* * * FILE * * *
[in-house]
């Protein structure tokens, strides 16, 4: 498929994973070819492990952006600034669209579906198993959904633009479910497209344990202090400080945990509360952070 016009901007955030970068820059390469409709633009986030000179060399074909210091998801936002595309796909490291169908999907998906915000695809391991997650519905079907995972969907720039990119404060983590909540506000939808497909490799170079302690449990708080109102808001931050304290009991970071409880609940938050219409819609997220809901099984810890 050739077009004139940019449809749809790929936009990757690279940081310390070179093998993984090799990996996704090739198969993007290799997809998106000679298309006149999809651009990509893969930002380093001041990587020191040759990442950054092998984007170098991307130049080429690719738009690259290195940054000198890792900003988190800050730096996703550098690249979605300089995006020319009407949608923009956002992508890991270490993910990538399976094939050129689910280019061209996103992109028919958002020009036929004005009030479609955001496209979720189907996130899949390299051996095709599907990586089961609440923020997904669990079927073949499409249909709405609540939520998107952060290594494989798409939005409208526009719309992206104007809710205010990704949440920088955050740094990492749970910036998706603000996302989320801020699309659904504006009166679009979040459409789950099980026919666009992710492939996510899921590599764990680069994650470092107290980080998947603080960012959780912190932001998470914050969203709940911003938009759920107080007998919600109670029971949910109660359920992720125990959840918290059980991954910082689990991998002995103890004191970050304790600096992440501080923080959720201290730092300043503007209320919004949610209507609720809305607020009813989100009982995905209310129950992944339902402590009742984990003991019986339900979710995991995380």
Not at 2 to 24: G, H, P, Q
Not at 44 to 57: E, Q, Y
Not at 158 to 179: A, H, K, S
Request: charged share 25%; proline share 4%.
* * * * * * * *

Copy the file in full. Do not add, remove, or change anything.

[in-house]
């Protein structure tokens, strides 16, 4: 498929994973070819492990952006600034669209579906198993959904633009479910497209344990202090400080945990509360952070 016009901007955030970068820059390469409709633009986030000179060399074909210091998801936002595309796909490291169908999907998906915000695809391991997650519905079907995972969907720039990119404060983590909540506000939808497909490799170079302690449990708080109102808001931050304290009991970071409880609940938050219409819609997220809901099984810890 050739077009004139940019449809749809790929936009990757690279940081310390070179093998993984090799990996996704090739198969993007290799997809998106000679298309006149999809651009990509893969930002380093001041990587020191040759990442950054092998984007170098991307130049080429690719738009690259290195940054000198890792900003988190800050730096996703550098690249979605300089995006020319009407949608923009956002992508890991270490993910990538399976094939050129689910280019061209996103992109028919958002020009036929004005009030479609955001496209979720189907996130899949390299051996095709599907990586089961609440923020997904669990079927073949499409249909709405609540939520998107952060290594494989798409939005409208526009719309992206104007809710205010990704949440920088955050740094990492749970910036998706603000996302989320801020699309659904504006009166679009979040459409789950099980026919666009992710492939996510899921590599764990680069994650470092107290980080998947603080960012959780912190932001998470914050969203709940911003938009759920107080007998919600109670029971949910109660359920992720125990959840918290059980991954910082689990991998002995103890004191970050304790600096992440501080923080959720201290730092300043503007209320919004949610209507609720809305607020009813989100009982995905209310129950992944339902402590009742984990003991019986339900979710995991995380």
Not at 2 to 24: G, H, P, Q
Not at 44 to 57: E, Q, Y
Not at 158 to 179: A, H, K, S
Request: charged share 25%; proline share 4%.